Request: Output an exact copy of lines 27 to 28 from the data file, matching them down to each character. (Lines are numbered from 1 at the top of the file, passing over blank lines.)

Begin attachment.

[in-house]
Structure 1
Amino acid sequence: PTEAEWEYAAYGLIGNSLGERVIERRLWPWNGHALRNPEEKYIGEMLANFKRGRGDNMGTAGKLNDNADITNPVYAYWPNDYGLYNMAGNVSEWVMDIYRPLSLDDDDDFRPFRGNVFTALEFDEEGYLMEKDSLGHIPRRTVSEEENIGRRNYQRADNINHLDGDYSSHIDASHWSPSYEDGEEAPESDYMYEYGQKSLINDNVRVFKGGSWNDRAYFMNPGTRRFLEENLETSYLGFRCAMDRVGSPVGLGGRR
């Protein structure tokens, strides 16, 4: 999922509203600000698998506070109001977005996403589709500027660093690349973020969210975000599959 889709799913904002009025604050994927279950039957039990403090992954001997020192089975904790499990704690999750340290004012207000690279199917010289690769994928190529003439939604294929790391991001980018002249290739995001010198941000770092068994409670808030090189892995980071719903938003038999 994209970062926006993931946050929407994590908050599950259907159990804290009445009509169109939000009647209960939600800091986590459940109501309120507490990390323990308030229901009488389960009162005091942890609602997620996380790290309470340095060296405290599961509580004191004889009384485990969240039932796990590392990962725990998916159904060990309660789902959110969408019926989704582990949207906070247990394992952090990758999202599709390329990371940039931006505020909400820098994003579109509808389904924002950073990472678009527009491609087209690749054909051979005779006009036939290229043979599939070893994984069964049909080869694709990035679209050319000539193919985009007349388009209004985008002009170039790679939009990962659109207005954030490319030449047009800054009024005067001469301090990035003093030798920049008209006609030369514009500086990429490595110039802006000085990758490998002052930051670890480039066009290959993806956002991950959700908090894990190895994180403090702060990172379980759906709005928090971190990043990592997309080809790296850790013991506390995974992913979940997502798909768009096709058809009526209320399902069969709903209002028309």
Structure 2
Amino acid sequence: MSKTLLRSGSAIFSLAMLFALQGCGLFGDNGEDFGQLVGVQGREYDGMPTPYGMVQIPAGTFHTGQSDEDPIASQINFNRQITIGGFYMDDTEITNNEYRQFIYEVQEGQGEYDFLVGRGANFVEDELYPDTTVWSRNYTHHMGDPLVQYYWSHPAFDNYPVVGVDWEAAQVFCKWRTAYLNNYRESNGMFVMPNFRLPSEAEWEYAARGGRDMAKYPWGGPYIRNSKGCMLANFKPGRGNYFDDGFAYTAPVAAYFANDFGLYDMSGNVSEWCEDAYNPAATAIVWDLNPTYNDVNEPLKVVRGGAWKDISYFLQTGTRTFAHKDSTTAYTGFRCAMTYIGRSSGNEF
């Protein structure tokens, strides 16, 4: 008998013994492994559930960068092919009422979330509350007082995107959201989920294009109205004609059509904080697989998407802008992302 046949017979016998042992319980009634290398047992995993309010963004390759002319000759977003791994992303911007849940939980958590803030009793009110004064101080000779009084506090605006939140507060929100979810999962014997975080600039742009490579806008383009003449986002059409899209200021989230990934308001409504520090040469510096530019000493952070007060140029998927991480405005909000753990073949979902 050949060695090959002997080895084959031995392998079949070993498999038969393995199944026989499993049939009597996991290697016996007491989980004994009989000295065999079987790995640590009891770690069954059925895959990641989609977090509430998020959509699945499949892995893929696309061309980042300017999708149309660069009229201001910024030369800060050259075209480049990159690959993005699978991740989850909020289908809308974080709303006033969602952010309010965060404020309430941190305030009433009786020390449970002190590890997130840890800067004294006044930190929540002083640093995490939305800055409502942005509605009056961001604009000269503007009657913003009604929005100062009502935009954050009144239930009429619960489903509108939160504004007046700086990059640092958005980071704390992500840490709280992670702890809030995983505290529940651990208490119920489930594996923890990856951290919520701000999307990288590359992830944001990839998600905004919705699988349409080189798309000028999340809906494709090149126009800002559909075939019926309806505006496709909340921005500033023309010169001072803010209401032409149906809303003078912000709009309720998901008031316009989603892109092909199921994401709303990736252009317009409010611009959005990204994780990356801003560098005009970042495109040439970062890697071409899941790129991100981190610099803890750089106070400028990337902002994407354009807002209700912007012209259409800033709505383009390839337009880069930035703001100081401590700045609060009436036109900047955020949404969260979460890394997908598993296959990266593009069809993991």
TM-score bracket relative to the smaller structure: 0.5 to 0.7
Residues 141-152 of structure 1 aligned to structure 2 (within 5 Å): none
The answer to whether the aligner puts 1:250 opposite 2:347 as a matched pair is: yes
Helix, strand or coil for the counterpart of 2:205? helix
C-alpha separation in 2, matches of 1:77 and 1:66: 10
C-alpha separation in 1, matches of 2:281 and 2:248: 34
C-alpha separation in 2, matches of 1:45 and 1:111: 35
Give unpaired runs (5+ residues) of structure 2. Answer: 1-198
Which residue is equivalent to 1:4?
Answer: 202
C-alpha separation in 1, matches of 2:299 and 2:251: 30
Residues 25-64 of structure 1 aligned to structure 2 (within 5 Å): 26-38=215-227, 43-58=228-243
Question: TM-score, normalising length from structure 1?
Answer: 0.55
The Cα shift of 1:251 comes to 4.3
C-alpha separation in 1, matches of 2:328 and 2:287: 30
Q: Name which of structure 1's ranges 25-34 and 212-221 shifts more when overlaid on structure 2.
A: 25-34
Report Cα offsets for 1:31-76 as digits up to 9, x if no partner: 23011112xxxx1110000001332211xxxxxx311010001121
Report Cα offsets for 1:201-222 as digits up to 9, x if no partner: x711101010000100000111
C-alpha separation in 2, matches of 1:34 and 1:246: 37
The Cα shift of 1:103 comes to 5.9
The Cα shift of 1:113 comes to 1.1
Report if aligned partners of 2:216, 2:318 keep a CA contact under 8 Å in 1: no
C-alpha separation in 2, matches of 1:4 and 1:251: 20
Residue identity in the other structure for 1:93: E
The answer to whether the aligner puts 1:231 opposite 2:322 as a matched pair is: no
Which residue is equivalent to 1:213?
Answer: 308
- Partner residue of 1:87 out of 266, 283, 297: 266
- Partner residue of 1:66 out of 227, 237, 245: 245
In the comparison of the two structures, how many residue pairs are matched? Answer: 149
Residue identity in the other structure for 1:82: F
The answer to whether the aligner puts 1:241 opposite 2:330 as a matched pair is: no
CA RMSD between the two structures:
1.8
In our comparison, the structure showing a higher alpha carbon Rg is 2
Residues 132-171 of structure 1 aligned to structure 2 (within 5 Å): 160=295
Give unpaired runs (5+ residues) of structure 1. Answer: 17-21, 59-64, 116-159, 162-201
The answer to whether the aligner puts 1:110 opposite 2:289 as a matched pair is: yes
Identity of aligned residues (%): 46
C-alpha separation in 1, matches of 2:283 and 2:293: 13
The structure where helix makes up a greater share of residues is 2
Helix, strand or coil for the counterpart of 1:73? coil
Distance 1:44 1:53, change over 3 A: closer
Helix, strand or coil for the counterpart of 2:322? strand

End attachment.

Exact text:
Report Cα offsets for 1:201-222 as digits up to 9, x if no partner: x711101010000100000111
C-alpha separation in 2, matches of 1:34 and 1:246: 37